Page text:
In an open letter to federal and provincial politicians, the Union of B.C. Indian Chiefs (UBCIC) today pleaded for the shutdown of the controversial Coastal GasLink pipeline project in north-central B.C.
The letter—dated March 30 and addressed to Prime Minister Justin Trudeau, B.C. premier John Horgan, and the federal and provincial health ministers, Patty Hajdu and Adrian Dix, respectively—urged swift action to protect the public's health from "the heightened risks of COVID-19 transmission posed by ongoing construction of the Coastal GasLink Pipeline Project".
The construction project, which has been opposed by Wet'suwet'en hereditary chiefs and allies for years because of its route through unceded traditional territory, recently finished what it terms its "winter work" and is about to embark on spring work during the coronavirus state of emergency declared by B.C. on March 18.
The province has not ordered major energy-related construction projects in the province to shut down because of the global pandemic, including the LNG Canada natural-gas export facility near Kitimat on the central coast, the terminus of the 670-kilometre pipeline started in 2019 that will deliver fracked gas from northeast B.C.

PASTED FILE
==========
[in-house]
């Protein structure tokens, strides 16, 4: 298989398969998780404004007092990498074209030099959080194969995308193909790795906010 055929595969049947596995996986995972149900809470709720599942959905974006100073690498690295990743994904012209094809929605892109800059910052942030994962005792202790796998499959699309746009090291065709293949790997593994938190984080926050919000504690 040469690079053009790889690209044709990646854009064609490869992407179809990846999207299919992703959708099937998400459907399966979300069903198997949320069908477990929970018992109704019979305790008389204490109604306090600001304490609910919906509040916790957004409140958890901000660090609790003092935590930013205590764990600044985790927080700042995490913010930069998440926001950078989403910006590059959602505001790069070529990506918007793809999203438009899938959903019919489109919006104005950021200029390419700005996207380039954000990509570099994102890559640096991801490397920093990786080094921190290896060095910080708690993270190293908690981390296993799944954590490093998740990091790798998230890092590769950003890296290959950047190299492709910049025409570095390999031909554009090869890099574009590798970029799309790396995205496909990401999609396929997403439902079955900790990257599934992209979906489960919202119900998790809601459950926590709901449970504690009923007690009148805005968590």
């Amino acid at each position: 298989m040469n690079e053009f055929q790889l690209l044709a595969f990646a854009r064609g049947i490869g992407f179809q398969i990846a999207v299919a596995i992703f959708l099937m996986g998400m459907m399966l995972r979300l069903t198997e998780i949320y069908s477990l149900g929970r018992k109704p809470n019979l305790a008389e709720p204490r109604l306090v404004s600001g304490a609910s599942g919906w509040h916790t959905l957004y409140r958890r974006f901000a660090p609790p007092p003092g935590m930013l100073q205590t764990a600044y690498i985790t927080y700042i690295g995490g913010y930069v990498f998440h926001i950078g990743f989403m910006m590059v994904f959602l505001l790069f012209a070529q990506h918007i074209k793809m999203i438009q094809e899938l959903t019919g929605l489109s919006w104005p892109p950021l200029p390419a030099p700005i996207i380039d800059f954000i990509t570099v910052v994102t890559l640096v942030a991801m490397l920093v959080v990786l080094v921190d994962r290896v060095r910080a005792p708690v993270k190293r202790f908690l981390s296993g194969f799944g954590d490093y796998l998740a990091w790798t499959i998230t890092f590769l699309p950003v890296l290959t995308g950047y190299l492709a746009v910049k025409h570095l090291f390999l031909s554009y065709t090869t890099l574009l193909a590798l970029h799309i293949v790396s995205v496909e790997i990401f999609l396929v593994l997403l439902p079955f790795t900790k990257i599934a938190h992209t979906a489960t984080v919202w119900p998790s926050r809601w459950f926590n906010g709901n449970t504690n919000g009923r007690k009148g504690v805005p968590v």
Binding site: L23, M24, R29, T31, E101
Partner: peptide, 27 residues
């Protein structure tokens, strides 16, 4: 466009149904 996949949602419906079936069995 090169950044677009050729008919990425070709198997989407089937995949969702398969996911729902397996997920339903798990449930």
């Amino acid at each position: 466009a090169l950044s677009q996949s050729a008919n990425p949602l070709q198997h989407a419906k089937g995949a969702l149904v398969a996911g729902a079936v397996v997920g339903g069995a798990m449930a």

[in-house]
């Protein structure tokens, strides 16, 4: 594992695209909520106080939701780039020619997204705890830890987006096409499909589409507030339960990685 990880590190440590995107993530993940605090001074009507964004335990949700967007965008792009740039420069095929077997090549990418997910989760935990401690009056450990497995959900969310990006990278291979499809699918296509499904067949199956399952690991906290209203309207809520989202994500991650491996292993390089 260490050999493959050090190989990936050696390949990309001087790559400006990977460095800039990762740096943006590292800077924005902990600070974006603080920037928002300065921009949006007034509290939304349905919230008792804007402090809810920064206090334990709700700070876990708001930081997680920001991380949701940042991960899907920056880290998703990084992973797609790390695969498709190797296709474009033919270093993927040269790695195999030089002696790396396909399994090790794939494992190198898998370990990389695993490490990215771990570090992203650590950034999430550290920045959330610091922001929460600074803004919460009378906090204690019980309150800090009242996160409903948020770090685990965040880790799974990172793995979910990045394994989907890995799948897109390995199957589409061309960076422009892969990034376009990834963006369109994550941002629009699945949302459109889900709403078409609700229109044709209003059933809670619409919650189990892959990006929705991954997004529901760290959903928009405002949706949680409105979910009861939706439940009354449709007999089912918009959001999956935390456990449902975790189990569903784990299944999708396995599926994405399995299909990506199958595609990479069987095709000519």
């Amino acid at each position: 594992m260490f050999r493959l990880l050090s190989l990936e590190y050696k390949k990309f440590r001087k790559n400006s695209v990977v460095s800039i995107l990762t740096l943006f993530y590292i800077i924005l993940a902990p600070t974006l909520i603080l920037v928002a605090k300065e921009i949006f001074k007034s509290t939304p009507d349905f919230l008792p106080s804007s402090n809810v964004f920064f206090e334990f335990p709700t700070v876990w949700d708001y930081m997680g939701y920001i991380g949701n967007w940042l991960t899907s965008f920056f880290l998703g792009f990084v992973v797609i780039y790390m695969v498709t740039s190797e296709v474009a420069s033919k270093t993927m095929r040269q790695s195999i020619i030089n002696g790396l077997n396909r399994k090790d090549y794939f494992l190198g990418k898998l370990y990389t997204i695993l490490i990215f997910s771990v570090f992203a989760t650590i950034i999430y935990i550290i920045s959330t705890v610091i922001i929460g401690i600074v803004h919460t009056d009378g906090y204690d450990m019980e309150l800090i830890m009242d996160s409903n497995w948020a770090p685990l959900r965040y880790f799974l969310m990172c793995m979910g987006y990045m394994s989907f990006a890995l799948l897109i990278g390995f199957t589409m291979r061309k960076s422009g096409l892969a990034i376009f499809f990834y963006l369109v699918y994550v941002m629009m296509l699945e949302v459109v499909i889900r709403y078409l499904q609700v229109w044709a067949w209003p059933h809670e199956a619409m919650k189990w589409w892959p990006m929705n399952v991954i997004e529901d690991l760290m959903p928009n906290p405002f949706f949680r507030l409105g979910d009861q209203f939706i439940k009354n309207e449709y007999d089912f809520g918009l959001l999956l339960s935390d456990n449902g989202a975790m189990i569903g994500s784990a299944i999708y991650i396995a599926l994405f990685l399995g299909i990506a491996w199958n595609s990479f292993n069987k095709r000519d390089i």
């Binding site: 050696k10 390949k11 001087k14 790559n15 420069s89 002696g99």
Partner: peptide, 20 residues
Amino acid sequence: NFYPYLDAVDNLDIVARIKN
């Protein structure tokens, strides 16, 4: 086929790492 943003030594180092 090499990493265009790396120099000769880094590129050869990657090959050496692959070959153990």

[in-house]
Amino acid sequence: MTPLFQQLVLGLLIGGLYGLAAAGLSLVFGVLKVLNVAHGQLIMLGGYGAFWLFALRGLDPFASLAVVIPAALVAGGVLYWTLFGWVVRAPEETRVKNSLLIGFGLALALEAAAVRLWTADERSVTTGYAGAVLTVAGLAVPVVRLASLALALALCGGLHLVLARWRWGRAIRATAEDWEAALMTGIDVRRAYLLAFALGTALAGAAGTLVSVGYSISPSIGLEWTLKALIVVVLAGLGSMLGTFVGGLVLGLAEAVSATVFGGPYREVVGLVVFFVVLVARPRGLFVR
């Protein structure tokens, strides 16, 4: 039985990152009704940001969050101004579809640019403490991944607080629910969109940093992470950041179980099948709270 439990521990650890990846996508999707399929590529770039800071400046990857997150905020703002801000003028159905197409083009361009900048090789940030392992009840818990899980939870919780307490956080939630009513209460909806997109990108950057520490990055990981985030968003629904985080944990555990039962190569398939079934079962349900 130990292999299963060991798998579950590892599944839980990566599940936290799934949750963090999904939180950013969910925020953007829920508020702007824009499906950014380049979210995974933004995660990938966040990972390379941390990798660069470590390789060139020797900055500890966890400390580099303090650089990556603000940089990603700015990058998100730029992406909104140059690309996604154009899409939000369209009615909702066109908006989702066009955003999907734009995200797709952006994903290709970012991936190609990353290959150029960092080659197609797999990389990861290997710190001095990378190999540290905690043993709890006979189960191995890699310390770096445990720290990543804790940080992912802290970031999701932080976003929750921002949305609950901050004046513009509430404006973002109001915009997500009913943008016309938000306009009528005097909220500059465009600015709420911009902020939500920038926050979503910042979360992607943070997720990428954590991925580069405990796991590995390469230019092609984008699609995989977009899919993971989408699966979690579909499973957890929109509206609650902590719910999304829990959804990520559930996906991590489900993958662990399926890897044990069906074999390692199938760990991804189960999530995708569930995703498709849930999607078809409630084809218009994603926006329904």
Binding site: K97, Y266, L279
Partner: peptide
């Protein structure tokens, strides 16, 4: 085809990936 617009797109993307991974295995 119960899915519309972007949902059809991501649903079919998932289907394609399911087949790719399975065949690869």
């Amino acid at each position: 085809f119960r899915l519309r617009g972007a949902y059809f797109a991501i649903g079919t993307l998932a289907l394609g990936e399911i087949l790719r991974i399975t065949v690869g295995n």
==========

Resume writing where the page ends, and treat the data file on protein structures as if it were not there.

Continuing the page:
The letter continued: "As Coastal GasLink continues their spring work, the 'critical activities' they are undertaking include pipe delivery and stockpiling, in addition to site preparation and maintenance. With the urgency to move materials comes the associated movement of people and spillover risks to every person and community they interact with delivering supplies to the project."
Grand Chief and UBCIC president Stewart Phillip, UBCIC vice president and chief Don Tom, and secretary-treasurer Kukpi7 Judy Wilson signed the letter.
The same three UBCIC executive members signed a March 26 open letter to Horgan and Dix calling for "immediate action" to stop construction of the B.C. Hydro Site C dam project in northeastern B.C.
"We are writing to request that immediate action be taken to compel BC Hydro to halt all construction at Site C Dam due to the risk COVID-19 now poses to vulnerable workers and nearby Indigenous and non-Indigenous communities in northeast B.C.," the letter stated.
It continued: "This negligence and irresponsible continuation of construction...is utterly inconsistent with the health advice provided by Provincial Health Officer Dr. Bonnie Henry."